When we are little, a myriad of disappointments can turn us into a crying machine in less than a minute. Part of getting to be a "big boy or girl" is learning to shut off that faucet. What do we learn to do instead of letting our little hearts break? I suggest that we learn re-purpose flight or fight into indifference or anger. Parents will notice in the early childhood struggles around rules the adoption of the " I don't care" delivery in response to the parental "no desert if you don't pick that up", or the "you can't make me" when it's "way past bed- time, you better come along now" parental declaration.
Navigating with school authorities and peer groups strengthens the response circuit. We learn to move so quickly in those disappointing and identity threatening situations that we become unaware of the pain that prompts the response. Indifference or Anger become our immediate "go to" positions. We learn to ignore the pain, and become unaware of the threatening feelings of vulnerability. Over time we lose ourselves into our shields.
The process is so subtle, and so common in our culture that it is almost impossible to entertain the notion that it is not as protective as we think. Actually, because we have lost the link, the "breaking heart of disappointment" that we left behind in childhood, we don't even recognize what undergirds our feeling when we are positioned in either indifference or anger. We no longer experience it as an attempt at self-protection.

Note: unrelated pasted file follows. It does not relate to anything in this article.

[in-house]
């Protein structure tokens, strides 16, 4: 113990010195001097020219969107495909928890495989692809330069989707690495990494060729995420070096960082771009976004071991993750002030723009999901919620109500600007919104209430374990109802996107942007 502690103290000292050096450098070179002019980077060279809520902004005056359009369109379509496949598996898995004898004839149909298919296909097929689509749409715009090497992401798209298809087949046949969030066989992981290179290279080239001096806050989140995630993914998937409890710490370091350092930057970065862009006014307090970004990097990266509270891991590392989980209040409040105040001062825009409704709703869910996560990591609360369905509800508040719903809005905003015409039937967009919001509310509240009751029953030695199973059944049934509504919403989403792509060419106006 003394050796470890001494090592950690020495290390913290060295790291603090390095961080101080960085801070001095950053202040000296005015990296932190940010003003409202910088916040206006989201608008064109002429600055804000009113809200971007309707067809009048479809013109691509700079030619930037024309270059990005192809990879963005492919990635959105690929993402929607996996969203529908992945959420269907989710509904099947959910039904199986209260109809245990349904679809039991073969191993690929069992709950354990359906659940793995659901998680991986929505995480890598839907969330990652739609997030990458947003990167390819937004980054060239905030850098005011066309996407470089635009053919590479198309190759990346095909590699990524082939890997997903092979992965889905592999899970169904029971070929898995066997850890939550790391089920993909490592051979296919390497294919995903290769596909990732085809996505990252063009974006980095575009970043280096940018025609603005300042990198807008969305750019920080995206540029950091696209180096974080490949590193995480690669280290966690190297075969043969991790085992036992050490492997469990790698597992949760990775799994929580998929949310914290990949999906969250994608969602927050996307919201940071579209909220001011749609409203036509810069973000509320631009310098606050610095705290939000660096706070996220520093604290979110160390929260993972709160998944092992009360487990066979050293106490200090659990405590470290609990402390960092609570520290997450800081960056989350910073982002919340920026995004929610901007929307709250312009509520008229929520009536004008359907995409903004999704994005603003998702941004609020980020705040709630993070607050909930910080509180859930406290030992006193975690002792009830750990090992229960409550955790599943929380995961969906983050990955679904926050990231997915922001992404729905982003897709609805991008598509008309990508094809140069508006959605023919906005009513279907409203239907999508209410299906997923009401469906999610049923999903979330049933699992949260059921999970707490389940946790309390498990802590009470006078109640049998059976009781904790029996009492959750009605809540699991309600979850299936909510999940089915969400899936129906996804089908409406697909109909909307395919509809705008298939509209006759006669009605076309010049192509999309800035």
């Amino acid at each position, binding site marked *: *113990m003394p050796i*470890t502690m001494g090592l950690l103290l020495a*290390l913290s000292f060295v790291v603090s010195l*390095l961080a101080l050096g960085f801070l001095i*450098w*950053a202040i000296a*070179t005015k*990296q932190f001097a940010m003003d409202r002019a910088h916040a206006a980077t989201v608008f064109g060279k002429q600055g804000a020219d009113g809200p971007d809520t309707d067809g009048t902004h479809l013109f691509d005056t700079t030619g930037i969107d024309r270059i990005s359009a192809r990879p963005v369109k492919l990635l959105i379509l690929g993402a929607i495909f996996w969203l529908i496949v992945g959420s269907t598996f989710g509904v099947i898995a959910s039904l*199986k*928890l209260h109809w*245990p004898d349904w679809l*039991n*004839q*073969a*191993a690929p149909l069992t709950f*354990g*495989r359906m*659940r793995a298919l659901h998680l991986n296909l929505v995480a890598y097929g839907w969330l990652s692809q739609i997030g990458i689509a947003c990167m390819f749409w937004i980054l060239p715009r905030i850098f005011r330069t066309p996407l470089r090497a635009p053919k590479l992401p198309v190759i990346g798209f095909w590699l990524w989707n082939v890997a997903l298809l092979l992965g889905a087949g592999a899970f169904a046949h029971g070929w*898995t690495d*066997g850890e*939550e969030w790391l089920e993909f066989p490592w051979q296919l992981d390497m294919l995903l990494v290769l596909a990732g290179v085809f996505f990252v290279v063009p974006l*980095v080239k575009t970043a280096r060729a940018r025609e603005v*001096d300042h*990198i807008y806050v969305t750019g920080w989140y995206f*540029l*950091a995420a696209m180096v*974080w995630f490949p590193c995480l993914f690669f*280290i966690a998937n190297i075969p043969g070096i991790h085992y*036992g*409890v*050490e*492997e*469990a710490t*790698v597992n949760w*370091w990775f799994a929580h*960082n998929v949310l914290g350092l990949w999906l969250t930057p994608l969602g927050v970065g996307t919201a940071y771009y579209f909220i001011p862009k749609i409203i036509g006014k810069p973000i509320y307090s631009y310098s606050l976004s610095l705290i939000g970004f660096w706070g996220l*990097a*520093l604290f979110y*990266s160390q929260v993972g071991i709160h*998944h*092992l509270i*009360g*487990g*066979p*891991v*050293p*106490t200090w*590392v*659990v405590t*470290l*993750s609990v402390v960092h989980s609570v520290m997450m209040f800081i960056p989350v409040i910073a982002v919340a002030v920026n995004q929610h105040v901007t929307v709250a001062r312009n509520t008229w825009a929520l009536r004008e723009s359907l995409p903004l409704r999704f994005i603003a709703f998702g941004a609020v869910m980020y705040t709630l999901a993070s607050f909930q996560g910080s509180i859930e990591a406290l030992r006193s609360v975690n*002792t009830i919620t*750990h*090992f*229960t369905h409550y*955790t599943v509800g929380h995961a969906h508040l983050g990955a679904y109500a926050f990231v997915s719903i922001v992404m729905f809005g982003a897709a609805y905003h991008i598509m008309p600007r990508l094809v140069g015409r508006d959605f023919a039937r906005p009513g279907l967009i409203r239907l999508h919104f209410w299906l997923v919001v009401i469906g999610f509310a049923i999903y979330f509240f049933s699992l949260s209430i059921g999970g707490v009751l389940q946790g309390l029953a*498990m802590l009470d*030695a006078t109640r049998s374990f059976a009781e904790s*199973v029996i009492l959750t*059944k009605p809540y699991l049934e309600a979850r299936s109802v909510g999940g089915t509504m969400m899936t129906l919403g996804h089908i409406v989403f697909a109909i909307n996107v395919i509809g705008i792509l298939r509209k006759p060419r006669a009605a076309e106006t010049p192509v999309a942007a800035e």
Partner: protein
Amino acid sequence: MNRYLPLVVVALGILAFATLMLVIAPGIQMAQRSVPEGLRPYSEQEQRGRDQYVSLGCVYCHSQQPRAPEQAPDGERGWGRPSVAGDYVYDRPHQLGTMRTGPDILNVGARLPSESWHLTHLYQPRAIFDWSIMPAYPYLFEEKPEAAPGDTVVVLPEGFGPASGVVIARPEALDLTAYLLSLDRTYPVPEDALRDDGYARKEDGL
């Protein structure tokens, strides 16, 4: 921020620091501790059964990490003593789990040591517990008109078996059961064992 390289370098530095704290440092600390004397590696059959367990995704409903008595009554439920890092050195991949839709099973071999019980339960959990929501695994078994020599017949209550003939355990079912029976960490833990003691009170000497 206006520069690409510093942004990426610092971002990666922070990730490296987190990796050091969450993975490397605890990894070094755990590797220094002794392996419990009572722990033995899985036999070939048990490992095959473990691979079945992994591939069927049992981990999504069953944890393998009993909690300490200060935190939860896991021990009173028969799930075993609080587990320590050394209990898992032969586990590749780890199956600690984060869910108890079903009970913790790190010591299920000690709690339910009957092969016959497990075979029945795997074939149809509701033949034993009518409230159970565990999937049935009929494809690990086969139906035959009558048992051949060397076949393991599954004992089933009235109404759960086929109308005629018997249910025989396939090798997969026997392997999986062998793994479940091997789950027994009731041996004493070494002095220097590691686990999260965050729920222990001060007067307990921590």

The energy and drive of early adulthood may require those protective shields. So many challenges, so many false starts, so many dreams shattering on the way to wherever it is we are rushing towards. Our vulnerability is so prevalent that without a way to self protect we would be helpless in the melee of everyday life. So it is, and for us, in this time and place, so it my have to be. Survival is first, or there is no second.
But somewhere along the way, maybe in our forties, we need to re-evaluate that strategy. I suspect that what is often referred to as "a mid-life crisis" is the slow and confusing re-emergence of our feelings of vulnerability to disappointment. The twenty year plan may still have some possibility, but the long range plan has already been determined, and as that reality makes itself felt in a variety of ways our understanding of what it means to live fully begins its process of re-examination.
Divorce or a new job or a new car may or may not make sense in their own terms. But they cannot solve the dilemma. After years of deliberate and necessary avoidance, our relational disappointments need to be faced and, unfortunately embraced. The next stage of growing up, ironically, means a return to living into our vulnerability, physically and emotionally, personally and in relationships.
At this point, indifference and anger in response to disappointment are no longer protective. They cannot save us from life's ongoing painful lessons. Instead they become like walls that close in on us, forcing us to retreat from life. Unless we learn to live into our vulnerability without protection from it, we shrink in our being, and time undoes us.
But if we accept the pain, then like the caterpillars who must be terrified of the cocoon, we can be transformed into the next stage of what we are meant to become.